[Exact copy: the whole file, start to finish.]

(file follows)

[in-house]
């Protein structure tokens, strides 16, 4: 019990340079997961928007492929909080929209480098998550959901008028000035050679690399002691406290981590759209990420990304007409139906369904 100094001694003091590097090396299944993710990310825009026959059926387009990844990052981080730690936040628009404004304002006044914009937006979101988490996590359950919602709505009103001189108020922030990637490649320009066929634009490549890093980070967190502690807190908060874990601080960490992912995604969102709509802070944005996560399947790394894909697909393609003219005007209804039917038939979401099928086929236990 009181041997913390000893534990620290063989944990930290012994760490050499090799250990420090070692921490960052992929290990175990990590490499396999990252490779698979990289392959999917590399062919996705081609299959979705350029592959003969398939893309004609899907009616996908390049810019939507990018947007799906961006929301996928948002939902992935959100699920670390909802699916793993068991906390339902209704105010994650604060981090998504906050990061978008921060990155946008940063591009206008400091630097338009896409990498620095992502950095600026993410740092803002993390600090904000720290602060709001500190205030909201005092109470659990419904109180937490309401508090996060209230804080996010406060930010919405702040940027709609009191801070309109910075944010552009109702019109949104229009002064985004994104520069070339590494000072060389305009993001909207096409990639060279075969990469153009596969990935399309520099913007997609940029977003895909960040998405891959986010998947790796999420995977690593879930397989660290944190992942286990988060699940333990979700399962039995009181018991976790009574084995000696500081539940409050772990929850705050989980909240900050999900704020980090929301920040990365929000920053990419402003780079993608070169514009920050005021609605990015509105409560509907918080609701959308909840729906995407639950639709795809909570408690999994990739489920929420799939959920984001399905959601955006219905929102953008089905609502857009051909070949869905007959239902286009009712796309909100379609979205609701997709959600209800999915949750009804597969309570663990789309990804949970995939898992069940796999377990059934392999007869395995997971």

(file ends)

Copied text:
[in-house]
């Protein structure tokens, strides 16, 4: 019990340079997961928007492929909080929209480098998550959901008028000035050679690399002691406290981590759209990420990304007409139906369904 100094001694003091590097090396299944993710990310825009026959059926387009990844990052981080730690936040628009404004304002006044914009937006979101988490996590359950919602709505009103001189108020922030990637490649320009066929634009490549890093980070967190502690807190908060874990601080960490992912995604969102709509802070944005996560399947790394894909697909393609003219005007209804039917038939979401099928086929236990 009181041997913390000893534990620290063989944990930290012994760490050499090799250990420090070692921490960052992929290990175990990590490499396999990252490779698979990289392959999917590399062919996705081609299959979705350029592959003969398939893309004609899907009616996908390049810019939507990018947007799906961006929301996928948002939902992935959100699920670390909802699916793993068991906390339902209704105010994650604060981090998504906050990061978008921060990155946008940063591009206008400091630097338009896409990498620095992502950095600026993410740092803002993390600090904000720290602060709001500190205030909201005092109470659990419904109180937490309401508090996060209230804080996010406060930010919405702040940027709609009191801070309109910075944010552009109702019109949104229009002064985004994104520069070339590494000072060389305009993001909207096409990639060279075969990469153009596969990935399309520099913007997609940029977003895909960040998405891959986010998947790796999420995977690593879930397989660290944190992942286990988060699940333990979700399962039995009181018991976790009574084995000696500081539940409050772990929850705050989980909240900050999900704020980090929301920040990365929000920053990419402003780079993608070169514009920050005021609605990015509105409560509907918080609701959308909840729906995407639950639709795809909570408690999994990739489920929420799939959920984001399905959601955006219905929102953008089905609502857009051909070949869905007959239902286009009712796309909100379609979205609701997709959600209800999915949750009804597969309570663990789309990804949970995939898992069940796999377990059934392999007869395995997971």